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City of Colorado Springs / Streets / News

City Street Crews partial callout staus, working on primary routes

City plows are on partial callout status, working on primary routes in affected areas

 

The City of Colorado Springs snow crews have been on partial callout in affected areas since 9:30 AM.  They are currently working on clearing primary routes only. Primary routes are multi-lane roads with large volumes of traffic or hospital access. Once the primary routes are passable, crews will move to secondary routes. Secondary routes include collector streets and school access. The City has 45 snow routes, covering 1,780 lane miles of primary and secondary streets.

We advise residents to ?think before you go? and check the current status before taking optional trips during a snow event. There are several ways to stay informed:

         Current snow crew callout status can be found on www.SpringsGov.com under News.

         Citizens can sign up for the City?s Twitter account (@springsgov) to receive the status directly.

         The City will also provide current status to the local media outlets to be used in crawlers.

         Citizens can observe conditions by making use of the City?s online Road Weather Information System camera feeds and/or traffic cameras.

         The automated snow line, 457-7669, will have a recording about the current callout status.

         Colorado Springs National Weather Service forecast information is available at 573-6846.

 

Per current policy, the Street Division will not respond to residential streets until at least 6 inches of snow has accumulated, and the primary and secondary routes have been cleared, and the snow has stopped falling. In a large event, it could be several days before residential streets that meet the above conditions are treated. Residential streets that meet the conditions will have a single lane treated on a grid by grid basis, so requests to the Street Division are not necessary and will not change the order of response. Grids needing the most attention will be serviced first.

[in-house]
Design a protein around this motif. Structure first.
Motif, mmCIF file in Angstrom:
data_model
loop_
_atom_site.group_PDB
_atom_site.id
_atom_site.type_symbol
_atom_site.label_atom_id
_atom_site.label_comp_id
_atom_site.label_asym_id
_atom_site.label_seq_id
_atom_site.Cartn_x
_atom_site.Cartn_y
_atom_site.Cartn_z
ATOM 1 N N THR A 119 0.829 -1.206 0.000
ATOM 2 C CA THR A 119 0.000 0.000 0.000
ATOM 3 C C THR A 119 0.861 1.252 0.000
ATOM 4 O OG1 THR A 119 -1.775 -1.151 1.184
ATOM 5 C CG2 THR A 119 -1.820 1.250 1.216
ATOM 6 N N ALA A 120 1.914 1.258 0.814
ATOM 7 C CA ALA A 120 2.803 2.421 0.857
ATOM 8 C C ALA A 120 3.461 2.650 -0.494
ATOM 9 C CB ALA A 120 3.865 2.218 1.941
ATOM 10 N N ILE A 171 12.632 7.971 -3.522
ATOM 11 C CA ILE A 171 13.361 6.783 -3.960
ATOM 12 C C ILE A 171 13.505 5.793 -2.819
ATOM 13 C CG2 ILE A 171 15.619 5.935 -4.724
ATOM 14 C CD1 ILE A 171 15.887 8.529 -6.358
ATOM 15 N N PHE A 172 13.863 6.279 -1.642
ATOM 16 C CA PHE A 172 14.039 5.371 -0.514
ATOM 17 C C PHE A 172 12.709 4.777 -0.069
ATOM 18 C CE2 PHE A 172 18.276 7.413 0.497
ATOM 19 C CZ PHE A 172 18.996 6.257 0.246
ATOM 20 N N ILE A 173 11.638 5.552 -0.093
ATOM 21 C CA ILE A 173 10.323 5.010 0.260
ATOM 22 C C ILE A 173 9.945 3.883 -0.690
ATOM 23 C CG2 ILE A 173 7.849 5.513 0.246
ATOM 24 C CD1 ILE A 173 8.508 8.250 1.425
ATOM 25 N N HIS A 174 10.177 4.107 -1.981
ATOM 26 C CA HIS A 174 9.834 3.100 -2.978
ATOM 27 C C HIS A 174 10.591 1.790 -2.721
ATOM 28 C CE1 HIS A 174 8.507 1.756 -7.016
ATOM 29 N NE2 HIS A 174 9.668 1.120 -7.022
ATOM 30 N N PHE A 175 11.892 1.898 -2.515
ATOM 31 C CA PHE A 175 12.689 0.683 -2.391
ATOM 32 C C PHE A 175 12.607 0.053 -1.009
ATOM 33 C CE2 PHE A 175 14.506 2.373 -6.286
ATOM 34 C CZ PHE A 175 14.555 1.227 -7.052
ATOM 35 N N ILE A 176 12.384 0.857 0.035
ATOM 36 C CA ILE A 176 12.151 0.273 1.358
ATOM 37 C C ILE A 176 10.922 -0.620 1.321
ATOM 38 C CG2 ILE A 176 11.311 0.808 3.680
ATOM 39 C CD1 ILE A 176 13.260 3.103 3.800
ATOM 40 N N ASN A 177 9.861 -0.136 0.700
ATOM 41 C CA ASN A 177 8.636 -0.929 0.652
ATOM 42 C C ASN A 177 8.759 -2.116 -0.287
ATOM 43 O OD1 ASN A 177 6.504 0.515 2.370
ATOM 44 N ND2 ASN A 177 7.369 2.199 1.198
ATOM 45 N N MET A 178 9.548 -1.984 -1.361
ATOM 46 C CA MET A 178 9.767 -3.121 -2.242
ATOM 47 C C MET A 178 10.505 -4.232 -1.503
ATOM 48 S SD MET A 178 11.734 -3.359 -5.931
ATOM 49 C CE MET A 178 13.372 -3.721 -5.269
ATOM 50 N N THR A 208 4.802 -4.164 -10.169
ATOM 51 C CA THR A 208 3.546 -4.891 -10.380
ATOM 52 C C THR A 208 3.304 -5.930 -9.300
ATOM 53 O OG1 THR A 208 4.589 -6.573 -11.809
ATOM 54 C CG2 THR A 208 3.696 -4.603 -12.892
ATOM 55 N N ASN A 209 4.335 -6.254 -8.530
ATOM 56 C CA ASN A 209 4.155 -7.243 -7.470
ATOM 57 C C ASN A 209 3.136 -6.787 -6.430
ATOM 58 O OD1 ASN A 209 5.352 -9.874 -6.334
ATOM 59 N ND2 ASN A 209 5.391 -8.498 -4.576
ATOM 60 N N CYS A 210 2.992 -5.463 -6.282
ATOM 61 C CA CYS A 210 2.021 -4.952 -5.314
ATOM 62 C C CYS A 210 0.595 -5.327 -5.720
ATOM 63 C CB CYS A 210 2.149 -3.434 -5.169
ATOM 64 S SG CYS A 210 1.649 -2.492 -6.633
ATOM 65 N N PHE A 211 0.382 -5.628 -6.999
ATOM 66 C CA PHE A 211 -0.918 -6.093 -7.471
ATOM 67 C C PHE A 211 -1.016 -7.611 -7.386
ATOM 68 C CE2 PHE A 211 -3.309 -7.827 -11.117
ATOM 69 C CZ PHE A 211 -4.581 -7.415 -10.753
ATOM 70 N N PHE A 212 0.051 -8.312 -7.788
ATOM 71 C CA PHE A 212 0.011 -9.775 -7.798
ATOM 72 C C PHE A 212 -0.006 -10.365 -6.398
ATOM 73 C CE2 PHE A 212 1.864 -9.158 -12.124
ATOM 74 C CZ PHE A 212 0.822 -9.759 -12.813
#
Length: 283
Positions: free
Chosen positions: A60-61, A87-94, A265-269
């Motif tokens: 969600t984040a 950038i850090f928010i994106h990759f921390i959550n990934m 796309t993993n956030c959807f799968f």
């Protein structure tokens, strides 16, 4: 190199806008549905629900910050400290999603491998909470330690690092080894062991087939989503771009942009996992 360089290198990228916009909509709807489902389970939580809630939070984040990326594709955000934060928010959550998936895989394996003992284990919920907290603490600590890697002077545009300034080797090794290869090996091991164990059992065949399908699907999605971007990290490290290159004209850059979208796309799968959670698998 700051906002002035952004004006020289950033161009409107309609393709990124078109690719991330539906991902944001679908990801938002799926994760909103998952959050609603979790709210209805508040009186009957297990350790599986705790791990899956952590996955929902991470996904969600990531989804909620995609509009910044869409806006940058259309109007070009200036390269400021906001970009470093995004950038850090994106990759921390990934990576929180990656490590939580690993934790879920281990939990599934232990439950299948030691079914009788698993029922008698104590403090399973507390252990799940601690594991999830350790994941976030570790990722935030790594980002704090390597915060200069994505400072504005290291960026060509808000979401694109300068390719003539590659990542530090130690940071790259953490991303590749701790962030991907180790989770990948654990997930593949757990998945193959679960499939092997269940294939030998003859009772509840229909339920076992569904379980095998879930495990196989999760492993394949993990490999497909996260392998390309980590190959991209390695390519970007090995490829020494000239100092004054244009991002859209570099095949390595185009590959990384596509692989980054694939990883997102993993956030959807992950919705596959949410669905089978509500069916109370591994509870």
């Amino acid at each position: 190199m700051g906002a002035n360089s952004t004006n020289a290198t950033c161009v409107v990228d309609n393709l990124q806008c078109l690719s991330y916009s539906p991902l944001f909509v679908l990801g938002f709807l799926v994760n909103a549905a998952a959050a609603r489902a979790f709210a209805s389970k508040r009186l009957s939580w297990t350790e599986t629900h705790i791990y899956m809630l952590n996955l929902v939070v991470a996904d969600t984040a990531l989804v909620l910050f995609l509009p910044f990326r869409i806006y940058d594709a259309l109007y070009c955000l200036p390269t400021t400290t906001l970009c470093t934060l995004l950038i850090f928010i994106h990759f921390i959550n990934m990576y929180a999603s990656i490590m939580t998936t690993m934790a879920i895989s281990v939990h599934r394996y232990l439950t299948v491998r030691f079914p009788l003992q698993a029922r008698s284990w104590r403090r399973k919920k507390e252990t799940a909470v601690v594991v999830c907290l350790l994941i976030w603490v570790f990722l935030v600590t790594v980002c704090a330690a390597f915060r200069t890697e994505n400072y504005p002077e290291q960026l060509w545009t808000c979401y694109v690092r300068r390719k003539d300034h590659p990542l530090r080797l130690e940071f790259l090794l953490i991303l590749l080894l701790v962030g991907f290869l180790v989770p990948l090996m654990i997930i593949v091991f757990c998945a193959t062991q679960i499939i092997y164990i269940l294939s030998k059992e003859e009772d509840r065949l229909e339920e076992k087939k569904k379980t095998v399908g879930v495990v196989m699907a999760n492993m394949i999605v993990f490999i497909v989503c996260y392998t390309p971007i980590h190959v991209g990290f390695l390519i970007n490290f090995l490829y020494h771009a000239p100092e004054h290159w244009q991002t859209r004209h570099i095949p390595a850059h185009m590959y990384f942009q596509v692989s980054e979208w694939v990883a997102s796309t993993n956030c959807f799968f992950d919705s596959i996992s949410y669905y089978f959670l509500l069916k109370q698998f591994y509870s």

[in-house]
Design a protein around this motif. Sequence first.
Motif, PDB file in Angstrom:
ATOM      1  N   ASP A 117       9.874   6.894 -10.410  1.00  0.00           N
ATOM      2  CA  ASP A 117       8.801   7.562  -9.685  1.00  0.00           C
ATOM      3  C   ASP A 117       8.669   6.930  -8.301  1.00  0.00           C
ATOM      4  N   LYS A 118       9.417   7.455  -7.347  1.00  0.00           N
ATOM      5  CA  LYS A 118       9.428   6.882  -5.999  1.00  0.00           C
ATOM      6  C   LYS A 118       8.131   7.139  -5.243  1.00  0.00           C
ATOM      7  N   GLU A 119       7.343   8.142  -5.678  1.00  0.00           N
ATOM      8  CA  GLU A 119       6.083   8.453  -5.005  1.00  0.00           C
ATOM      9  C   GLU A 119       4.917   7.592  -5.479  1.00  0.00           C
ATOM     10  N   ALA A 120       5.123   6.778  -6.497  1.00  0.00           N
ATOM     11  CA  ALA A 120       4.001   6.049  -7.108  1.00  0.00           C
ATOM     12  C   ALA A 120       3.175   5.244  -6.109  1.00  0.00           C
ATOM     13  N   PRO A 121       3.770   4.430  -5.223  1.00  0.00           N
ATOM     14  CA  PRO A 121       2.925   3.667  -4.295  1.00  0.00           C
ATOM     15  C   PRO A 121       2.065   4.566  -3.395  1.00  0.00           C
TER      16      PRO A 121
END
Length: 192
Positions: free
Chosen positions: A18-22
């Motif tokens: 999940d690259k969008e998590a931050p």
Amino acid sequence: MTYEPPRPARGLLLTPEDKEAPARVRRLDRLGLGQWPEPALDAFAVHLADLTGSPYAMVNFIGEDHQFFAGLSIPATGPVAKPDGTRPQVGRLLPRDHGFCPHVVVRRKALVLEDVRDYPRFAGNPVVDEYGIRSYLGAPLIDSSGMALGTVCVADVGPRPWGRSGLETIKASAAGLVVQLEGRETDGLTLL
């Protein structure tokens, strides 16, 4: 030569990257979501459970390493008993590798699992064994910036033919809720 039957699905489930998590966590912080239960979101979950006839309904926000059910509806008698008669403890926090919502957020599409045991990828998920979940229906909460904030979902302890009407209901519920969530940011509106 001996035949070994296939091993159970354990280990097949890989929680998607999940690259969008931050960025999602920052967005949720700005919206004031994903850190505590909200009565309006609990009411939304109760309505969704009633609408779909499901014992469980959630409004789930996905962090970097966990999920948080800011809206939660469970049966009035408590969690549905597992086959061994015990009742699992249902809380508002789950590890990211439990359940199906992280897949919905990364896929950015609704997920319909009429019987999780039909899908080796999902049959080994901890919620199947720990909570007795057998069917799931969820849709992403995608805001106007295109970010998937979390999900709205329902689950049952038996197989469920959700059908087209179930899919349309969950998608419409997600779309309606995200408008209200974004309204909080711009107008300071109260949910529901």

In addition to plowing, the City also puts down various treatments to combat icy conditions. Plows cannot remove ice from a road. The scrapers purposely do not reach street level to avoid damaging the roadway. Plows remove the top layer of snow and then put down treatment behind it. Most areas of the City receive anti-skid material, which is a salt and crushed rock mixture which can only contain up to 20% salt, per the City?s environmental permit. The City?s permit does allow the use of salt in the downtown area only, and it is applied there during storm events. The City also uses a product called Ice Slicer on portions of the primary route, which is material that can melt ice on road surfaces with a lower temperature than salt can. This product is significantly more expensive than anti-skid or salt, so it is selectively used in areas with high traffic volume to improve north-south and east-west mobility.

As a reminder, property owners are responsible for snow and ice control on adjacent sidewalks, driveways and private parking lots. Residential property owners are responsible for clearing any sidewalks in front of their property within 24 hours of when snow stops falling.

More information about the City?s Snow and Ice Response policies can be found here.

 

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